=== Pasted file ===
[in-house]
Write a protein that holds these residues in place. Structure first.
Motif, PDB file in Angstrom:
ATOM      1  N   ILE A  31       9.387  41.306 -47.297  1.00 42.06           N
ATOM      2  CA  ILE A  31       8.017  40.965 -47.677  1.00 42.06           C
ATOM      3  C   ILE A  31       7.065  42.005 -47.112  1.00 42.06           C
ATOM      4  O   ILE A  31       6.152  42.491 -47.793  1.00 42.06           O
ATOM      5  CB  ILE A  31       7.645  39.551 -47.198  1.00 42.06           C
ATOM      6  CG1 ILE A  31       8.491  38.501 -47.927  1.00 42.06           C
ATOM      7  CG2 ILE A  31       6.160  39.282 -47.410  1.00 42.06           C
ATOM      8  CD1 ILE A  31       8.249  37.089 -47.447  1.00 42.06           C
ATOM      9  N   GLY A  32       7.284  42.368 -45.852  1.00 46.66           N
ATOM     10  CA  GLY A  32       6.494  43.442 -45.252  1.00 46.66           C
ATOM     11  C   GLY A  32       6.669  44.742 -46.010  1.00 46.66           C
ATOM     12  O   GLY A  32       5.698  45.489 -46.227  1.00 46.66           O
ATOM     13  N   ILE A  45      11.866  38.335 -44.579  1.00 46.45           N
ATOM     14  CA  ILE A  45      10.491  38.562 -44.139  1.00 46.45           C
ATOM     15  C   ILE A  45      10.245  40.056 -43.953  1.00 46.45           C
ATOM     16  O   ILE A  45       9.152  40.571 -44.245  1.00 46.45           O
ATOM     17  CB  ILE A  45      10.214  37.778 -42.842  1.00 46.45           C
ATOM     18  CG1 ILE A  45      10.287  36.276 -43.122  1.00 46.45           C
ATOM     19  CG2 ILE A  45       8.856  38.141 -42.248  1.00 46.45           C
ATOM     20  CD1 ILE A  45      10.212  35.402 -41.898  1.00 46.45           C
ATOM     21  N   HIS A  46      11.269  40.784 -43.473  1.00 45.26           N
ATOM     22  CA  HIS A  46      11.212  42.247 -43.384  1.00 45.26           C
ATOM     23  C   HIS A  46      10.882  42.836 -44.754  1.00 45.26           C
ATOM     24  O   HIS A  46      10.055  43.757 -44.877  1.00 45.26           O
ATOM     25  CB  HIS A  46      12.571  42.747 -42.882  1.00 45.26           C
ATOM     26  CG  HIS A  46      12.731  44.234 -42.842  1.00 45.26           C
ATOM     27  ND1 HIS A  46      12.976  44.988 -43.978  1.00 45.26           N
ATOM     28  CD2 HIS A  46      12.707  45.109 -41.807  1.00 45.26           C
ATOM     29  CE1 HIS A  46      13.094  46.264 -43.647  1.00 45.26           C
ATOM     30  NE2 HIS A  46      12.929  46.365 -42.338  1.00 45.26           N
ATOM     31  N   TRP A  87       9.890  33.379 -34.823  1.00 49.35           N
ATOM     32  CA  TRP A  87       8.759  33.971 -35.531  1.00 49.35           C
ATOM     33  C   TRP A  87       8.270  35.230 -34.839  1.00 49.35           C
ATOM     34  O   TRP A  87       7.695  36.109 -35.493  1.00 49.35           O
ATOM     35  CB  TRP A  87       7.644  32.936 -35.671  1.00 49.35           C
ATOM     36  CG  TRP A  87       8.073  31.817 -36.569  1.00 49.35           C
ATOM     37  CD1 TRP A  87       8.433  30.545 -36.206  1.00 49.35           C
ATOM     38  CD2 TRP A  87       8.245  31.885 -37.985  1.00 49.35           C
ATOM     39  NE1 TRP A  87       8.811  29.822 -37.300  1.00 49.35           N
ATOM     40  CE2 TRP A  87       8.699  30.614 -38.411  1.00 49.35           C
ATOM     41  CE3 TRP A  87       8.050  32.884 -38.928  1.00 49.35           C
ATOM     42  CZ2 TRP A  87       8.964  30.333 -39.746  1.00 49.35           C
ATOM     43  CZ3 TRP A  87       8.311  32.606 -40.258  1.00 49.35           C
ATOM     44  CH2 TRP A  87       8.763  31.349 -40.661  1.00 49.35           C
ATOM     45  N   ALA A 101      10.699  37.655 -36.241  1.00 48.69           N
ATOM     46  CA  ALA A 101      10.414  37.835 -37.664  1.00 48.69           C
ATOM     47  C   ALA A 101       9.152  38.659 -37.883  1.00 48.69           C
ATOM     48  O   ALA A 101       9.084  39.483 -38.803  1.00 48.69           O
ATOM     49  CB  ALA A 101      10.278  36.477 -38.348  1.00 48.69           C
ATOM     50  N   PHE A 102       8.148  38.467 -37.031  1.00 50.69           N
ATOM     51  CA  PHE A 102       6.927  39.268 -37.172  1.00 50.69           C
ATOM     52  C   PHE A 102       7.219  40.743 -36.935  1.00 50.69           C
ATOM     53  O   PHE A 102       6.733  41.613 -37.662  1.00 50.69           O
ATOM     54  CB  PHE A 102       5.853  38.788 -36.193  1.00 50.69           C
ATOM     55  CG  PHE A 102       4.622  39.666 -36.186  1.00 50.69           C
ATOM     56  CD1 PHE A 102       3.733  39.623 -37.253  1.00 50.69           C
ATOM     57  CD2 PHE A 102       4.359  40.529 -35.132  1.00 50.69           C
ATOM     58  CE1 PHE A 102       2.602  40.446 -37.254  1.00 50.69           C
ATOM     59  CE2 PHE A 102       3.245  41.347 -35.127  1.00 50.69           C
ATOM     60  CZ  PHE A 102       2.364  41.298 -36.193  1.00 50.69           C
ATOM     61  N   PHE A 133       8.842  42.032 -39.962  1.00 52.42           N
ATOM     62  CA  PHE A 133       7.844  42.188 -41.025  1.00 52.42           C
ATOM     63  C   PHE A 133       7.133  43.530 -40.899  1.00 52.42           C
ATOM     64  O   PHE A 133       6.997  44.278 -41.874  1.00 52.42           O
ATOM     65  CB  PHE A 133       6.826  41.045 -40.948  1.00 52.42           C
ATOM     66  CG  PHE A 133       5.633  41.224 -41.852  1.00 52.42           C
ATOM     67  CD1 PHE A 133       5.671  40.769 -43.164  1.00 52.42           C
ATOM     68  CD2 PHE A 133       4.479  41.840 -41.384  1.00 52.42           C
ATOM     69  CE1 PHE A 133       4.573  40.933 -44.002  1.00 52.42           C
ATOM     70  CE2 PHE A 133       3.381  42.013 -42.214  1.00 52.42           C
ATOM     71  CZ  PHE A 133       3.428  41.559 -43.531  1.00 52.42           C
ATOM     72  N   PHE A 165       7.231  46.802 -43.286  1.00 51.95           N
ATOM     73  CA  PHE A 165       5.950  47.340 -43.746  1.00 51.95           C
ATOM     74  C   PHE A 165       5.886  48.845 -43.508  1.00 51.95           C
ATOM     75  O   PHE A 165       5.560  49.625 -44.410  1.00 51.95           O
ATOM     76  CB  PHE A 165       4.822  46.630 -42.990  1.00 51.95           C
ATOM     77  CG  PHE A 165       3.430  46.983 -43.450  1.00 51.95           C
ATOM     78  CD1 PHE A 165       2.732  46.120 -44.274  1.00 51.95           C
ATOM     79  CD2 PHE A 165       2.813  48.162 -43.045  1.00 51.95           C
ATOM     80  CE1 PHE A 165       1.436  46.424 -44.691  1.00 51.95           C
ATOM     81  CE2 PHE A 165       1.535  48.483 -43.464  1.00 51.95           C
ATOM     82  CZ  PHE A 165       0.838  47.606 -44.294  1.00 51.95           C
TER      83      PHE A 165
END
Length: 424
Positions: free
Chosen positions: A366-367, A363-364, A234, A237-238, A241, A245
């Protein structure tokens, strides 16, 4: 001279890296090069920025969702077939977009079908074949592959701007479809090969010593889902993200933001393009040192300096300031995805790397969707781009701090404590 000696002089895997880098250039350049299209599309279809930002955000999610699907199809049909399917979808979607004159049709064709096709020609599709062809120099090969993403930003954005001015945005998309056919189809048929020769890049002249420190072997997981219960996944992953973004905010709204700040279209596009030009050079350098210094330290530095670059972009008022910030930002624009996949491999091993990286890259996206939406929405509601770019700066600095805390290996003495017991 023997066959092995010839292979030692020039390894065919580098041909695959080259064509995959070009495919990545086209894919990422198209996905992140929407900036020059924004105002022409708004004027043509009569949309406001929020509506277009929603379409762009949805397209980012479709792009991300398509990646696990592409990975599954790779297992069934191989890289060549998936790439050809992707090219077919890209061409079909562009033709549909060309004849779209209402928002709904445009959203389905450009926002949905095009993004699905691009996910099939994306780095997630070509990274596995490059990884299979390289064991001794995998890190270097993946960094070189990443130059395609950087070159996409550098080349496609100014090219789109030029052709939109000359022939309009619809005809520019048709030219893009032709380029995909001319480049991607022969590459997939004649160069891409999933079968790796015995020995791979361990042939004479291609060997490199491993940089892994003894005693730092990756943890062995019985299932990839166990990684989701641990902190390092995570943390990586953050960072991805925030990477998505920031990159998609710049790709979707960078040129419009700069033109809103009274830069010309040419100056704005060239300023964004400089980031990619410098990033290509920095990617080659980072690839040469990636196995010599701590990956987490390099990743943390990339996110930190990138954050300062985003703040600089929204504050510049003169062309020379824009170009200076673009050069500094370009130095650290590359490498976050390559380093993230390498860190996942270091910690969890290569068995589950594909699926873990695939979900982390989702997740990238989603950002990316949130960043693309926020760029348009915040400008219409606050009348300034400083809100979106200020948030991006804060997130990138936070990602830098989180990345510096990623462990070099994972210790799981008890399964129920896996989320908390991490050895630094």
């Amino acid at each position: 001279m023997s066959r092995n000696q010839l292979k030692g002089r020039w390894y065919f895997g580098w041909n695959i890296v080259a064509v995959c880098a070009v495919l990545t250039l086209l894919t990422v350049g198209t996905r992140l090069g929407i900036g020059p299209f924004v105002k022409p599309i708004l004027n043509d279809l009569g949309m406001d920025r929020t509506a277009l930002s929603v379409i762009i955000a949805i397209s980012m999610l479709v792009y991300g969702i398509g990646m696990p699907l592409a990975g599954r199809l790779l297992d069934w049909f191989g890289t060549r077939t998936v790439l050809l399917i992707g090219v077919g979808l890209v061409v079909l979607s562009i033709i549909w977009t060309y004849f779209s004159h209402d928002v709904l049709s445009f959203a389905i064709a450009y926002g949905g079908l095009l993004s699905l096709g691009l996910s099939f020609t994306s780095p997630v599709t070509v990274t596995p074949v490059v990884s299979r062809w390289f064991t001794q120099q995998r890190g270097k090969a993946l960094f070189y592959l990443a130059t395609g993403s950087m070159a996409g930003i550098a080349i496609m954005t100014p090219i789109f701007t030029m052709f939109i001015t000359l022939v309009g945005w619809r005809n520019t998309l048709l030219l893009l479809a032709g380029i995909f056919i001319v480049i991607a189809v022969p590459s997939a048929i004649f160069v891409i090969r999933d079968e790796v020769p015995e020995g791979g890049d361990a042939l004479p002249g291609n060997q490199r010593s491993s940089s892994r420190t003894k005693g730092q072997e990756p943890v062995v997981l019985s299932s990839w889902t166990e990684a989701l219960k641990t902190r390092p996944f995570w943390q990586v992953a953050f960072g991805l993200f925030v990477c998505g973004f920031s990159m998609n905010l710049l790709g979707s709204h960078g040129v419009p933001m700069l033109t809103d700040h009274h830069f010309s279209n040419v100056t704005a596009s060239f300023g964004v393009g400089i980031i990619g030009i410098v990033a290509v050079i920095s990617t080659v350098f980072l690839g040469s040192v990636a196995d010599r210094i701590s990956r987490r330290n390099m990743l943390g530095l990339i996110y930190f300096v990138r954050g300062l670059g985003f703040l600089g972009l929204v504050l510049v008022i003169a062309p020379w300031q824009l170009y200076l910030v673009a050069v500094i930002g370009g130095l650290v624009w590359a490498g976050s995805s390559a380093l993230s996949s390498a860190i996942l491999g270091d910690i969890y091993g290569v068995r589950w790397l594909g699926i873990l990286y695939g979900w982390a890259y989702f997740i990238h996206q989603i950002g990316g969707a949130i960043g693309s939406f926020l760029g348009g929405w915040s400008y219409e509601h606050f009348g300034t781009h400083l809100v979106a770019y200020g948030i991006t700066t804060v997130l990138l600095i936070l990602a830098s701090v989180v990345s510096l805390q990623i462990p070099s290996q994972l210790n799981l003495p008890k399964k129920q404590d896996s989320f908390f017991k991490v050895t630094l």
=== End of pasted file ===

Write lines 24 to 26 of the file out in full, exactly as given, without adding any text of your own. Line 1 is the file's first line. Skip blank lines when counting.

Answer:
ATOM     21  N   HIS A  46      11.269  40.784 -43.473  1.00 45.26           N
ATOM     22  CA  HIS A  46      11.212  42.247 -43.384  1.00 45.26           C
ATOM     23  C   HIS A  46      10.882  42.836 -44.754  1.00 45.26           C